MONEY MANAGEMENT CONSUMES SCHOOL LEADERS

Published in edited form in NT Suns on August 8 2017.

MONEY MANAGEMENT CONSUMES SCHOOL LEADERS

From time to time, what appear to be mixed messages about money and its availability to schools gains traction in the media. People might be forgiven for believing that the matter of money for education means that all aspects of school programs are covered and money management is not as issue.

That is far from being the case. While global budgets gave principals and school councils greater autonomy in the way money was spent, there are obligations that mean care has to be taken with expenditure. Utility costs (power and water) and contractual needs ( cleaning and grounds maintenance) have to be met. Checks and balances have to be in place to ensure that money is on hand to meet these periodic accounts.

Without careful planning and awareness, school budgets can be prematurely drained. Allocations are received twice each year, with income having to meet accounts to be presented in the following months. Detailed planning is necessary because cost accountability is each school’s responsibility.

Global school budgets were implemented in Northern Territory Government schools in 2015 to reduce red tape and provide schools with increased autonomy. The Education Department identifies three benefits for schools.

“• increased flexibility and autonomy in decision making
• a clearer financial framework for use in planning
• greater certainty and visibility of the overall resources available to the school including staffing.” (Department of Education website)

School budgets are based on student needs. School location and the specific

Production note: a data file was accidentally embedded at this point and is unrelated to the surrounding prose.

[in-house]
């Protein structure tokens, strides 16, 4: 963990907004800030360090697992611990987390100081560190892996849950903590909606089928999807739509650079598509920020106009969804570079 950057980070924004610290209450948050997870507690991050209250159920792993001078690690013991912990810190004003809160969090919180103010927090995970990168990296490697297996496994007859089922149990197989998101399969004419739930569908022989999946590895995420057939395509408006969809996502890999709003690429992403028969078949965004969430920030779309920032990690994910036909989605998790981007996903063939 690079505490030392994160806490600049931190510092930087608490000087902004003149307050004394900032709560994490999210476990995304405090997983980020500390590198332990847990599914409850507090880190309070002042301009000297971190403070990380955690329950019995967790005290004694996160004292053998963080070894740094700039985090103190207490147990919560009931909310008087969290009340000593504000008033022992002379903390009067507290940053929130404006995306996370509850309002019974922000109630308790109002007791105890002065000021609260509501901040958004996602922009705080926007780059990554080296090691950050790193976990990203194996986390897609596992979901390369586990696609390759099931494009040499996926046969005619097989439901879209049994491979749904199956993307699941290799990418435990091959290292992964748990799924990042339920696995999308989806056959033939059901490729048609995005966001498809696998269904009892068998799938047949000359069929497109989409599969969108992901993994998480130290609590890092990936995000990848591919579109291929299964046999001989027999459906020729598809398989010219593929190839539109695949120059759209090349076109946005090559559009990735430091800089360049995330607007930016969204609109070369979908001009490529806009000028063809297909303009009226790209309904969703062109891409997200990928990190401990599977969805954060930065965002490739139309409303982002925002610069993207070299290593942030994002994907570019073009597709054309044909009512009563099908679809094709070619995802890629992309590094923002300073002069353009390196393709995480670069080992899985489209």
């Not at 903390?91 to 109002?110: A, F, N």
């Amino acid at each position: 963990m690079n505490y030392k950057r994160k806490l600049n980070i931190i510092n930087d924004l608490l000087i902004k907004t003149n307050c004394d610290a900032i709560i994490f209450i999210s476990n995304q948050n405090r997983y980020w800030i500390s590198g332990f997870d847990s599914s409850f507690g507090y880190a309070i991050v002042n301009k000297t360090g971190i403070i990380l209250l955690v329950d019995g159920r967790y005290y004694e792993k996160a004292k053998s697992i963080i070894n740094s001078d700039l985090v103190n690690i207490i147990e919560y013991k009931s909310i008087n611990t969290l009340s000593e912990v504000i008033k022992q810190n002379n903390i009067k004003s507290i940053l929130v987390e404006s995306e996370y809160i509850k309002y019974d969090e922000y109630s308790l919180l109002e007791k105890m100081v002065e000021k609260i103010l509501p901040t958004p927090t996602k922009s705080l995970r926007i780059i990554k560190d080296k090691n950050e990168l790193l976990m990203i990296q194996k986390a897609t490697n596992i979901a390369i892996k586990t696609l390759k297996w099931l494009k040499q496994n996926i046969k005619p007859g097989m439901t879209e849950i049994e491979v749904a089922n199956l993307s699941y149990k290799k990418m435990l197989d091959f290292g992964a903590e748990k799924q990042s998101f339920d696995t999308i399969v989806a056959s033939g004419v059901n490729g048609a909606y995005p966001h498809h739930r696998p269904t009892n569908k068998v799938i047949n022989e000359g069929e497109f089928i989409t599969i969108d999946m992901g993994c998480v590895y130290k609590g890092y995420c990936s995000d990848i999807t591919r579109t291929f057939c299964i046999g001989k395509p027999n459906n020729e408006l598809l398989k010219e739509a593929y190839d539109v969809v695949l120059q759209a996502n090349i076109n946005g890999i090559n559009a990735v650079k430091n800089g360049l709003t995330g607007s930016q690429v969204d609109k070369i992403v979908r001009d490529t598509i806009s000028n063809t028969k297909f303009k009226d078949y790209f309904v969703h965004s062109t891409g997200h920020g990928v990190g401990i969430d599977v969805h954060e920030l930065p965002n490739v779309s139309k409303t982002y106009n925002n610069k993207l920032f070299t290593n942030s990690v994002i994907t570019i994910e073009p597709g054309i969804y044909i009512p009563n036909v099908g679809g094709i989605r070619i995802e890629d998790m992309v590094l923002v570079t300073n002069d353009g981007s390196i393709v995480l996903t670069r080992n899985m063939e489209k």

needs of each child are taken into account. The following factors help determine the amount
received by each school.

• year level of students
• Indigenous status
• socio-economic status and community affluence.
• remoteness of the school.

The system aims at being fair and simple, but there are issues.

Staffing is one of the main problem areas. The salary allocation for each school is fixed, but pay rates and entitlements for teachers and support staff are variable. More experienced staff command higher salaries than those who are in their initial years of service. In order to save on salaries and spread staffing dollars, school councils may consider replacing experienced teachers with those beginning their teaching journey. While employment for permanent teachers can be guaranteed, those on contract do not have similar security of tenure.

Making sure there is sufficient money to meet every need is a challenge. Principals can become so busy with administration, they don’t have time to be the educational leaders they aim to be.

 
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